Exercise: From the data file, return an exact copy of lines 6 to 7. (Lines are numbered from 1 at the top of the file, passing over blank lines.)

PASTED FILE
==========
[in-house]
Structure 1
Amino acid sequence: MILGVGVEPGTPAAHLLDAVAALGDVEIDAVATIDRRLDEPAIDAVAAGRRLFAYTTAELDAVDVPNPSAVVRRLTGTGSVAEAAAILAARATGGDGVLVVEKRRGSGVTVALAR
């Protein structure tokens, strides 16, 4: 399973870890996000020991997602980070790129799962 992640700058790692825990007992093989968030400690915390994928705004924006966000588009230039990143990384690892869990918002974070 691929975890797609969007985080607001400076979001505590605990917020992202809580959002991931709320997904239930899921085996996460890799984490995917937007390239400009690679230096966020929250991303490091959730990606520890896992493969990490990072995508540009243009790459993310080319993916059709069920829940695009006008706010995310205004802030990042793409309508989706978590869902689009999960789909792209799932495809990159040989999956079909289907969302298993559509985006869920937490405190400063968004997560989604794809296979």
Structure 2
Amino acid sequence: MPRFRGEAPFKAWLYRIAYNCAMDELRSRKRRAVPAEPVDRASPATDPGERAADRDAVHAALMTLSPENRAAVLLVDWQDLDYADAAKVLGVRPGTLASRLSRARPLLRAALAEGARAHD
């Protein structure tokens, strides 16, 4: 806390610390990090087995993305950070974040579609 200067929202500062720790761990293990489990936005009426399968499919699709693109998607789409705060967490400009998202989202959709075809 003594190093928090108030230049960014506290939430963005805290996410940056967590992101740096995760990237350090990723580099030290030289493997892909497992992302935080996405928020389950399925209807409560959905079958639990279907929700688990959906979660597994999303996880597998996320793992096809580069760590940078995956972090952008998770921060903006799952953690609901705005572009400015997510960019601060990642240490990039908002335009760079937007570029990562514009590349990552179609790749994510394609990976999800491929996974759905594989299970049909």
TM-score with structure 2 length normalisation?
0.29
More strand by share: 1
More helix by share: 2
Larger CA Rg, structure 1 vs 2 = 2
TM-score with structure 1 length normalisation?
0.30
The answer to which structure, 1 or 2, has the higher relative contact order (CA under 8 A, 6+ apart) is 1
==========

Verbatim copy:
Amino acid sequence: MPRFRGEAPFKAWLYRIAYNCAMDELRSRKRRAVPAEPVDRASPATDPGERAADRDAVHAALMTLSPENRAAVLLVDWQDLDYADAAKVLGVRPGTLASRLSRARPLLRAALAEGARAHD
């Protein structure tokens, strides 16, 4: 806390610390990090087995993305950070974040579609 200067929202500062720790761990293990489990936005009426399968499919699709693109998607789409705060967490400009998202989202959709075809 003594190093928090108030230049960014506290939430963005805290996410940056967590992101740096995760990237350090990723580099030290030289493997892909497992992302935080996405928020389950399925209807409560959905079958639990279907929700688990959906979660597994999303996880597998996320793992096809580069760590940078995956972090952008998770921060903006799952953690609901705005572009400015997510960019601060990642240490990039908002335009760079937007570029990562514009590349990552179609790749994510394609990976999800491929996974759905594989299970049909």